Reading and Writing the XML
method implementation of the Employee class in Listing 1
uses the XmlReader input argument to read the XML and populates the Employee class's local variables with the values read.
Public Sub ReadXml(ByVal reader As XmlReader) _
Dim type As XmlNodeType = reader.MoveToContent()
If ((type = XmlNodeType.Element) _
And (reader.LocalName = "employee")) Then
_firstName = reader("firstName")
_lastName = reader("lastName")
_address = reader("address")
method implementation writes an XML representation of the Employee class, including all the local variables, using the various methods of the XmlWriter class.
Public Sub WriteXml(ByVal writer As XmlWriter) _
The major chunk of the code in Listing 1
resides in the CreateEmployeeSchema()
method, which leverages the XML Schema Object Model (SOM) to create an XML schema dynamically and add that to the XmlSchemaSet object. The code is somewhat repetitive; in this case, it creates an XmlSchemaComplexType and then creates XmlSchemaAttribute and XmlSchemaElement instances to hold the content.
Now that you have implemented the Employee class, you can leverage it from a Web service. The EmployeeService class shown below implements a GetEmployee()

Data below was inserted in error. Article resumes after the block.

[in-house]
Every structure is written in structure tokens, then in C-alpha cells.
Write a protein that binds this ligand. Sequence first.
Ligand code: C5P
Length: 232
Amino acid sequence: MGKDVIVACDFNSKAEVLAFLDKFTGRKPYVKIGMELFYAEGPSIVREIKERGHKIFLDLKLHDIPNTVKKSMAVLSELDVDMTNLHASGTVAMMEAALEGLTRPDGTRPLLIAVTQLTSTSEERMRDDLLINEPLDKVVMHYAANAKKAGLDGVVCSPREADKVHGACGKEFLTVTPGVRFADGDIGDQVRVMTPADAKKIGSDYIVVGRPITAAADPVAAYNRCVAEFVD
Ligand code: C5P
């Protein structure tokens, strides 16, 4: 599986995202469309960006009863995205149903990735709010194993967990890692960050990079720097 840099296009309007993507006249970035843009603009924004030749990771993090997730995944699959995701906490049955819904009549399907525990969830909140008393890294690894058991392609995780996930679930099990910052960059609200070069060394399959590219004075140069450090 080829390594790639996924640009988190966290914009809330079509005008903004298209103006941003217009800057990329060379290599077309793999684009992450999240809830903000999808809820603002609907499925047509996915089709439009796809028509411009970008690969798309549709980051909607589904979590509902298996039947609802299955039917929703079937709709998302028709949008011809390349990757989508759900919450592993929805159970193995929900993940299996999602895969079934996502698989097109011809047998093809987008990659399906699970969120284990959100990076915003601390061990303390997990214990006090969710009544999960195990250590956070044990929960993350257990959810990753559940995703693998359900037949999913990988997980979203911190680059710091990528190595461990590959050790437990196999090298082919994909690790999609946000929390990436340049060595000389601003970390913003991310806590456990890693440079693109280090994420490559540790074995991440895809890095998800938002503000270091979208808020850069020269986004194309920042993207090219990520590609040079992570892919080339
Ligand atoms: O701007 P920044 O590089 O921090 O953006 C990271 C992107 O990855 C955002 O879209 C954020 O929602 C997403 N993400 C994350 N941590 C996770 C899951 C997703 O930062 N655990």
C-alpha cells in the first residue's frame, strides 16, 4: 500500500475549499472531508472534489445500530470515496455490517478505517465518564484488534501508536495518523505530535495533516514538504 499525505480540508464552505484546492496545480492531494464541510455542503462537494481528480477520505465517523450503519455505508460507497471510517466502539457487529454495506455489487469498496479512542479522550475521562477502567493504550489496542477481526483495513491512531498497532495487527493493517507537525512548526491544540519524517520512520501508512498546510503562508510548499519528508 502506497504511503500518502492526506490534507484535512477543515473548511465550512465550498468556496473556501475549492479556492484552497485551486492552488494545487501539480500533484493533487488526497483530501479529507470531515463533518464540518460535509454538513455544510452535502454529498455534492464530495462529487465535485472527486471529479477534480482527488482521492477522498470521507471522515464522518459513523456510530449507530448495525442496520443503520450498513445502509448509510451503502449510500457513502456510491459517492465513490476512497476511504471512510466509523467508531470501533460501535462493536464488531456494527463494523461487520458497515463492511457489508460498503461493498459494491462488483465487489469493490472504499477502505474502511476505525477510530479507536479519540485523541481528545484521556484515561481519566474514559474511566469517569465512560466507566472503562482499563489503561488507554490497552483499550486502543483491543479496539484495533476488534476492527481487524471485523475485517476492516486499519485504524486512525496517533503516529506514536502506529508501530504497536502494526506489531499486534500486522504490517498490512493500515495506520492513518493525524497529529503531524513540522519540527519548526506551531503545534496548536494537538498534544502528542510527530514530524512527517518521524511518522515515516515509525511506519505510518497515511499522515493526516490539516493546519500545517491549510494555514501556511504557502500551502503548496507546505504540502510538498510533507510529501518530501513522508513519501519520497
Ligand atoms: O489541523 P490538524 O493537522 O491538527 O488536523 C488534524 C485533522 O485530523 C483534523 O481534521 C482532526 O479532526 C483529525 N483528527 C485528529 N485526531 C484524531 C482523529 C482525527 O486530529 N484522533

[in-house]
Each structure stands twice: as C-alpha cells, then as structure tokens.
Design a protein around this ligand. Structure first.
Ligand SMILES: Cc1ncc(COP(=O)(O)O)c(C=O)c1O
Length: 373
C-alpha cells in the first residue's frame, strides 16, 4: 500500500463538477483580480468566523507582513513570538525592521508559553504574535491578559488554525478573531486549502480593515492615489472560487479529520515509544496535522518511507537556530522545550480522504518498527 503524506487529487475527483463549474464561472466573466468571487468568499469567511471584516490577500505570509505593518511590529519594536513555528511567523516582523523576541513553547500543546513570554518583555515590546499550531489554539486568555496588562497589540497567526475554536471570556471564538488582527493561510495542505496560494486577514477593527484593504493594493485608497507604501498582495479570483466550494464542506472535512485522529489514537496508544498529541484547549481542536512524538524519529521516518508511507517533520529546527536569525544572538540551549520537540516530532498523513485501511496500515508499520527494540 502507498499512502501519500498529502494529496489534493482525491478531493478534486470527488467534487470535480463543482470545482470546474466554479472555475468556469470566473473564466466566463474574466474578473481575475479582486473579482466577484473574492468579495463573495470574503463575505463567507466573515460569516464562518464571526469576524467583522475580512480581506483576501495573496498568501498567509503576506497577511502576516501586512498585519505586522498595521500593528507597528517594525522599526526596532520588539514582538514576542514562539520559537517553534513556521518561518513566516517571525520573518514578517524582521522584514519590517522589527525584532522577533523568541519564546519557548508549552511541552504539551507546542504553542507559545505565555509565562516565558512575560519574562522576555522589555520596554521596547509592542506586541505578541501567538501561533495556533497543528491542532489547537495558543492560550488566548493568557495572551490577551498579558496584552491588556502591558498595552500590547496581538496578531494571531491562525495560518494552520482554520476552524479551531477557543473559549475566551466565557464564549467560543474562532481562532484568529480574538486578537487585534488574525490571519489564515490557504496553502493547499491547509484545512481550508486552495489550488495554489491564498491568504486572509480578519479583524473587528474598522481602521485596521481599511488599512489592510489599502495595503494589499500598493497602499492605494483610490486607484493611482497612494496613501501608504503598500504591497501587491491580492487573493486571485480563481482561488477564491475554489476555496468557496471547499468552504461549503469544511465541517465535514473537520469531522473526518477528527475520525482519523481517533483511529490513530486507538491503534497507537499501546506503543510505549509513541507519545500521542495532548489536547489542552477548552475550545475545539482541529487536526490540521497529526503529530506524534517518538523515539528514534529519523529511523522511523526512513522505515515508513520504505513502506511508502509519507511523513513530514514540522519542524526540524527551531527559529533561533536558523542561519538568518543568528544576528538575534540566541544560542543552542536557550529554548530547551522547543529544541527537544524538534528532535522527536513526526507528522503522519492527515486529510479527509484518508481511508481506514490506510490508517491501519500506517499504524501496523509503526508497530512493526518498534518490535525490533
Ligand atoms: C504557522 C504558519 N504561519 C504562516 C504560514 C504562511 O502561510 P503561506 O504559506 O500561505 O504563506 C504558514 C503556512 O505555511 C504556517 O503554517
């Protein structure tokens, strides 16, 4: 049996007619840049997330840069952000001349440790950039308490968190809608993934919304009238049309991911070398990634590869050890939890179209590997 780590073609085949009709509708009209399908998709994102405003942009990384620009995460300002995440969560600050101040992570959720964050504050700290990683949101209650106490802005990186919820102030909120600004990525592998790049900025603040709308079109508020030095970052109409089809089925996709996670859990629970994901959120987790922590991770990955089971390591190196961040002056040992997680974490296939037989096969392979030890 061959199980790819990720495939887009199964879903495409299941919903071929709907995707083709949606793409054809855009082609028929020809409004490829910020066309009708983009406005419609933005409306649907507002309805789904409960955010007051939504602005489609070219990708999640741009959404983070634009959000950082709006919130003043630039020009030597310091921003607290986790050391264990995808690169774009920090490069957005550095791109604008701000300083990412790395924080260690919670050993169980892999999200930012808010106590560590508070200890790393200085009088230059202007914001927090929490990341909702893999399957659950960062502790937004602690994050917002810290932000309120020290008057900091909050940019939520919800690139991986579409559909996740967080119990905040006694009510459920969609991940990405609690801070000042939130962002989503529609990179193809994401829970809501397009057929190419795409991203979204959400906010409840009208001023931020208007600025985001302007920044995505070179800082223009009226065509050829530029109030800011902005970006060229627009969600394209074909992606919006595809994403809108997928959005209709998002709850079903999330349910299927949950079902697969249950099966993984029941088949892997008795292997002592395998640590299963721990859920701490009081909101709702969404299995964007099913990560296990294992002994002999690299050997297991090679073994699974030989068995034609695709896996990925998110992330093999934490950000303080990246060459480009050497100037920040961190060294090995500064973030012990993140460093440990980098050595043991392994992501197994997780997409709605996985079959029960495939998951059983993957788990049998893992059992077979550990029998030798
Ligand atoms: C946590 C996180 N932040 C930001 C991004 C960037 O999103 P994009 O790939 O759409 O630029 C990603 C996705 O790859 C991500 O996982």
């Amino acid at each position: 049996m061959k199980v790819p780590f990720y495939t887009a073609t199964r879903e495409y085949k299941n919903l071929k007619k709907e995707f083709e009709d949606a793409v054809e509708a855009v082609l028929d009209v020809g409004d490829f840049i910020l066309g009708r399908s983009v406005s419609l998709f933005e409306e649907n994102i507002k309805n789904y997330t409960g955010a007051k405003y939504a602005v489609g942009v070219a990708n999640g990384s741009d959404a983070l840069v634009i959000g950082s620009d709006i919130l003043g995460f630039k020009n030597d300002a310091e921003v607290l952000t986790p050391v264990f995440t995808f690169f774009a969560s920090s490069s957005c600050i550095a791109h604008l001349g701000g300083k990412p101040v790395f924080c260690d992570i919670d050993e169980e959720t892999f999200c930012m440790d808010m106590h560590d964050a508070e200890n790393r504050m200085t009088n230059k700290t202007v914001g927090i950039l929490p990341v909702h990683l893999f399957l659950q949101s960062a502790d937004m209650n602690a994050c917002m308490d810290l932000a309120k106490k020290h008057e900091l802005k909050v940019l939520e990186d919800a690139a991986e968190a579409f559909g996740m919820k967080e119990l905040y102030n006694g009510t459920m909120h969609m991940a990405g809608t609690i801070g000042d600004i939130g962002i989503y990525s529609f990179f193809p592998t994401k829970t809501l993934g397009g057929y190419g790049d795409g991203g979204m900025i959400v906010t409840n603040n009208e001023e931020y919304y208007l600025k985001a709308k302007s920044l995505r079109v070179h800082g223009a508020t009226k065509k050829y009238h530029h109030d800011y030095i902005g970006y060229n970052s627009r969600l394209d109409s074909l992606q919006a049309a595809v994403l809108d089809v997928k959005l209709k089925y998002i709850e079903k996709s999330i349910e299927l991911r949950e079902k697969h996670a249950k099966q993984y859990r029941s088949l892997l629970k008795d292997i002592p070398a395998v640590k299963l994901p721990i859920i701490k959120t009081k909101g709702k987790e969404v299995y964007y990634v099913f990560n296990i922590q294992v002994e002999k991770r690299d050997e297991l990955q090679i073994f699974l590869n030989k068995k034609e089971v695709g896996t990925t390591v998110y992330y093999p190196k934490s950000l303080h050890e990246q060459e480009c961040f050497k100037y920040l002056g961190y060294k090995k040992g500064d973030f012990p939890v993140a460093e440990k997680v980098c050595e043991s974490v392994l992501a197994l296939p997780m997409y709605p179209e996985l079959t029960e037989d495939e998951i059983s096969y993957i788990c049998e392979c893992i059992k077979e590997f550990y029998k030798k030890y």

method that returns an Employee object.
<%@ WebService Language="VB"
<WebService(Namespace := _
<WebServiceBinding (ConformsTo:= _
Public Class EmployeeService
Public Function GetEmployee() As Employee
Dim emp As New Employee("Thiru", _
"Thangarathinam", "2644 E Remington " & _
"Place, Chandler, AZ")
|Figure 1. Employee Class Definition in WSDL: Inspecting the WSDL shows you the contents of the <employee> element, along with the <employeeRoot> element|
method is very simple and straightforward. It just creates an instance of the Employee object and returns that object back to the caller. If you inspect the WSDL of the Web service, you will see the definition of the Employee class as shown in Figure 1
. The figure shows the XSD schema representation of the Employee class generated by CreateEmployeeSchema()
|Figure 2. Output produced by the EmployeeService: The EmployeeService creates and then serializes an Employee object using the WriteXml() method of the IXmlSerializable interface.|
If you browse to the Web service URL in a browser and invoke the GetEmployee()
method, you'll see the output shown in Figure 2
Keep It Short
The point to remember here is that using the IXmlSerializable gives you
control over how the .NET framework 2.0 serializes your objects. That capability opens up new avenues of opportunities and interesting scenarios that you can use to create sophisticated Web services using .NET Framework 2.0. For example, you would want this type of control when streaming large amounts of data from a Web application. To enable data streaming, you have to turn off response buffering and then chunk the data into discrete blocks demarcated with XML elements. Using IXmlSerializable, you can control the schema for the chunking format and also control the reading and writing of data to the stream with the ReadXml()
methods. Such XML customization is also very useful when you are exposing your Web services to clients from different platforms and you need to be able to have a fine level of control over how the types are serialized.